Editor’s note: We are pleased to share NCFP President Virginia Esposito’s introductory remarks announcing our first Distinguished Fellow in Family Philanthropy at the National Forum. Read the official press release for more details.
It is an incredible honor to be announcing the first Distinguished Fellow of the National Center for Family Philanthropy. Bruce Maza, CEO of the C. E. and S. Foundation, co-chaired the President’s Leadership Initiative Committee which selected our Distinguished Fellow, along with our founding chairman, Tom Lambeth, long-time executive director of the Z. Smith Reynolds Foundation. Bruce and Tom have been our moral guides, enthusiastic cheerleaders and among our most devoted advocates for advancing the leadership of donor families.
The President’s Leadership Initiative was approved by the NCFP Board as a way to enhance and sustain the mission of the organization. It was born of my deep appreciation for those who have taken the time over three decades to inspire, nurture and develop my ability to serve this field. It is therefore more than fitting, that along with Julie Fisher Cummings of the Max and Marjorie Fisher Foundation in Detroit, the Committee includes one of my greatest teachers, Alice Buhl. As Senior Fellow, Alice has given countless hours and endless wisdom to supporting the development of the Center – and keeping me on track.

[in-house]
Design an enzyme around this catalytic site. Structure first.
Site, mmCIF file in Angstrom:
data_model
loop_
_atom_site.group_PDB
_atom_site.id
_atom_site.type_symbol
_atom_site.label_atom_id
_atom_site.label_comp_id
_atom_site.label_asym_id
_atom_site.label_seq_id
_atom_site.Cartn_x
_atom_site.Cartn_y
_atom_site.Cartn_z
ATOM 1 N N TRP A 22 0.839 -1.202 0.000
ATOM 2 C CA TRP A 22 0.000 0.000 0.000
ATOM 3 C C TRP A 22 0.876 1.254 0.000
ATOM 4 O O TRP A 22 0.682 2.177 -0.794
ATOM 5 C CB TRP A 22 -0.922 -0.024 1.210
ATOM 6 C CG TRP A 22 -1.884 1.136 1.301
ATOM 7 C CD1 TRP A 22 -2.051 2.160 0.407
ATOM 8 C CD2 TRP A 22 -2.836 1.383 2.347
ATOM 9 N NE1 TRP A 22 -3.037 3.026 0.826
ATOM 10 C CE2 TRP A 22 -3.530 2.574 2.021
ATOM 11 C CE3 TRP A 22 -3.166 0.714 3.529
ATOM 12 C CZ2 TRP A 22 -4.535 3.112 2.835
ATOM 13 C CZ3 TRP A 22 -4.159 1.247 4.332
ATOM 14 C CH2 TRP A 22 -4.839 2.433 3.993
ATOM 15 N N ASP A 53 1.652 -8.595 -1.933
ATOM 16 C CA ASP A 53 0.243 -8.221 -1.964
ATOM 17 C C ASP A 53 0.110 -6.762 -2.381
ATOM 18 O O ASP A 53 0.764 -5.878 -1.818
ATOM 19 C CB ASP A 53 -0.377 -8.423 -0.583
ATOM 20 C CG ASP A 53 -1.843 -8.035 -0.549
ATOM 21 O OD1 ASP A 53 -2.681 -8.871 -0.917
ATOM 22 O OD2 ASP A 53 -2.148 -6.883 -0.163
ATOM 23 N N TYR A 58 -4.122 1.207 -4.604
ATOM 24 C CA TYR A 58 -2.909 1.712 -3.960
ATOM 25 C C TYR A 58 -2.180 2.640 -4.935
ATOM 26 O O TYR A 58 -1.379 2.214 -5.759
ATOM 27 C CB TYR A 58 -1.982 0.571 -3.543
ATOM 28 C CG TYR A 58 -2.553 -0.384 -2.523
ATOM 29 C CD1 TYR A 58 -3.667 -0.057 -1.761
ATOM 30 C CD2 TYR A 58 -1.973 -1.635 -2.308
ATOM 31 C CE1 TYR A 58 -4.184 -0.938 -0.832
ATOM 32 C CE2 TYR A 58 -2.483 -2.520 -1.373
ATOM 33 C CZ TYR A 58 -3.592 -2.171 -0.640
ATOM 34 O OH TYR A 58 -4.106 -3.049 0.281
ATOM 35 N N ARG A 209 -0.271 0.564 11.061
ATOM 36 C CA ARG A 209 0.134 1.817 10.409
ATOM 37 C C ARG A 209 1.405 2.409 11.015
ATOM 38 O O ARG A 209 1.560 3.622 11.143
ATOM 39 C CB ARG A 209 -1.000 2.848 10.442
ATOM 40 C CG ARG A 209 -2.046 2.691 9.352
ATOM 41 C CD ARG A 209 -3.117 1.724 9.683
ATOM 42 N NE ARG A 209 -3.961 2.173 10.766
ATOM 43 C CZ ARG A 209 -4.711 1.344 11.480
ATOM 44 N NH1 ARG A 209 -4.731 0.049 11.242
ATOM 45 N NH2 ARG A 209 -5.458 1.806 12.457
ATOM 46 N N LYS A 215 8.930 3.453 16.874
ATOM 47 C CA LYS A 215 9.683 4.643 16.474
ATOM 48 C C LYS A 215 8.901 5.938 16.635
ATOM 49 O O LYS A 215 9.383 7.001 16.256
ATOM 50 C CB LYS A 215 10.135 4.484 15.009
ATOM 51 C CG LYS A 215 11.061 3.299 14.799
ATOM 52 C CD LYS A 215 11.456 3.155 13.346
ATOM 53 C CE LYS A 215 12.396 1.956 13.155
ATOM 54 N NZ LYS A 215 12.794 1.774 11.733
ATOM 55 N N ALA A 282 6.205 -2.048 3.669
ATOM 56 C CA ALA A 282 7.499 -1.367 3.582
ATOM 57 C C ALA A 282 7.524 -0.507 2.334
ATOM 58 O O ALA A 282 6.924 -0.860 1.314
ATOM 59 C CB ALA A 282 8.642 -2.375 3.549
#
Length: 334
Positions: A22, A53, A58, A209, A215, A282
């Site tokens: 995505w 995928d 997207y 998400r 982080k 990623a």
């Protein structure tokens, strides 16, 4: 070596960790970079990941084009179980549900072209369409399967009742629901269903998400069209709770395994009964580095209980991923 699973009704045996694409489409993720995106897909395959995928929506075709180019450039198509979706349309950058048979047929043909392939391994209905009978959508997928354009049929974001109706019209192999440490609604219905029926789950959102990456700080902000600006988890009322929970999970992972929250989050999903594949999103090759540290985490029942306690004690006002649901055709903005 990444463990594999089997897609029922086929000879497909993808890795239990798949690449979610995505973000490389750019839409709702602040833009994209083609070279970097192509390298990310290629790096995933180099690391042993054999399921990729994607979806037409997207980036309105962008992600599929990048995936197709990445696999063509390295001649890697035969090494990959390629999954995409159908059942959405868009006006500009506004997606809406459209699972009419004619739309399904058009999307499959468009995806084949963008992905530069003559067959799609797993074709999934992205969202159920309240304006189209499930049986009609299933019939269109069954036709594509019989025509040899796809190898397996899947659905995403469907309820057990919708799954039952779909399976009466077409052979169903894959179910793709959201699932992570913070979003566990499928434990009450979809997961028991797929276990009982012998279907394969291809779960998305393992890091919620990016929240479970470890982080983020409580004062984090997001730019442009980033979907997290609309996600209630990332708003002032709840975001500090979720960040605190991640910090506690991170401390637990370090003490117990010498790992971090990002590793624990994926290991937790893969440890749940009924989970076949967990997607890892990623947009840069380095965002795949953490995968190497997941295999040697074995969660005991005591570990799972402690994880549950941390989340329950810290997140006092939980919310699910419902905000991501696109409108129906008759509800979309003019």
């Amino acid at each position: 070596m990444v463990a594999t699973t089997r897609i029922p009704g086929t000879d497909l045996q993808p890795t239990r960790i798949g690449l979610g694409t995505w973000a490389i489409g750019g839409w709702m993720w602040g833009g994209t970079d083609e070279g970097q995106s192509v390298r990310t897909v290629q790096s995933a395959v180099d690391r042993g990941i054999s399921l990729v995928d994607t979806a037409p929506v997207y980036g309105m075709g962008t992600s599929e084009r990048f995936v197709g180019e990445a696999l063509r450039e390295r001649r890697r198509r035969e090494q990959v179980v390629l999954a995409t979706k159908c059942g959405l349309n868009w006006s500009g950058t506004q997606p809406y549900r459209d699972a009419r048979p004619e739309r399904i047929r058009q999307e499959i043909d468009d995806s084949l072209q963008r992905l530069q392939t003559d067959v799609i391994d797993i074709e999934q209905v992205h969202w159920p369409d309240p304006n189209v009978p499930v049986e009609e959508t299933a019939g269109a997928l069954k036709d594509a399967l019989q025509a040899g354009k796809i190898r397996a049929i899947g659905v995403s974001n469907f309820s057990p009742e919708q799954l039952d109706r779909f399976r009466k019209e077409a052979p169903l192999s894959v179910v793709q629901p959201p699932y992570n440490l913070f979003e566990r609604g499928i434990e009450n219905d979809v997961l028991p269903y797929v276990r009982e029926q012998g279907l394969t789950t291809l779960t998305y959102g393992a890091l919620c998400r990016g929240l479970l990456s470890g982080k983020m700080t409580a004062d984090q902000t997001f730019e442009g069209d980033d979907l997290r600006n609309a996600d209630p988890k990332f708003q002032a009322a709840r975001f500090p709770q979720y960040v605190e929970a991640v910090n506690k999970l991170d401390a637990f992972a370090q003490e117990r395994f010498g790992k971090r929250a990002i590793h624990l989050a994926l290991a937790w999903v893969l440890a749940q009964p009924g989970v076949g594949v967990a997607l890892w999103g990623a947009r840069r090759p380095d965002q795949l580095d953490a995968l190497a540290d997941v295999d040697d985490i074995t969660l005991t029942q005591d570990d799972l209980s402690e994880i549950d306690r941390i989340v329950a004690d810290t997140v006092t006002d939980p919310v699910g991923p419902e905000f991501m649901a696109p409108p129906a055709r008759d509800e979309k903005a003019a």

Alice’s service as Senior Fellow has made us realize how much our field has benefited from (if not always recognized) the contributions of all of you who serve as leaders – community leaders, family leaders, field leaders. How could we draw your leadership to the Center so we might hold up your example and both learn and be inspired by it?
The President’s Leadership Committee elected to add to the Senior Fellow position a Distinguished Fellow – a colleague whose life of service was worthy of appreciation and emulation. Over the Fellow’s tenure, she will be available for special programs and resources, beginning with this one. We will look for guidance on issues that have special meaning for her and lessons learned over the course of her work.
She has been an active trustee not only of the Packard Foundation where she serves as chair, but the Lucile Packard Children’s Hospital, the Monterey Bay Aquarium, and the Packard Humanities Institute. She has been a trustee of the Lucile Packard Foundation for Children’s Health and of Stanford University. And she was on the board of the Hewlett Packard Company for seven years.
Susan’s foundation leadership embraces its family roots and a mission guided by family values. That personal values and passions of family can inform strategic and sophisticated programming is not a contradiction in choice but a conscious celebration of the value of family dedicated to the highest quality grantmaking.
Having known Susan for her sincere humility and preference for behind the scenes work, I know this must be distinctly uncomfortable for her. So let me put her out of her misery.
For all she has experienced, for her philanthropic leadership, for her potential to inspire and inform generations of giving families, the National Center for Family Philanthropy is proud to name Susan Packard Orr as our first Distinguished Fellow in Family Philanthropy.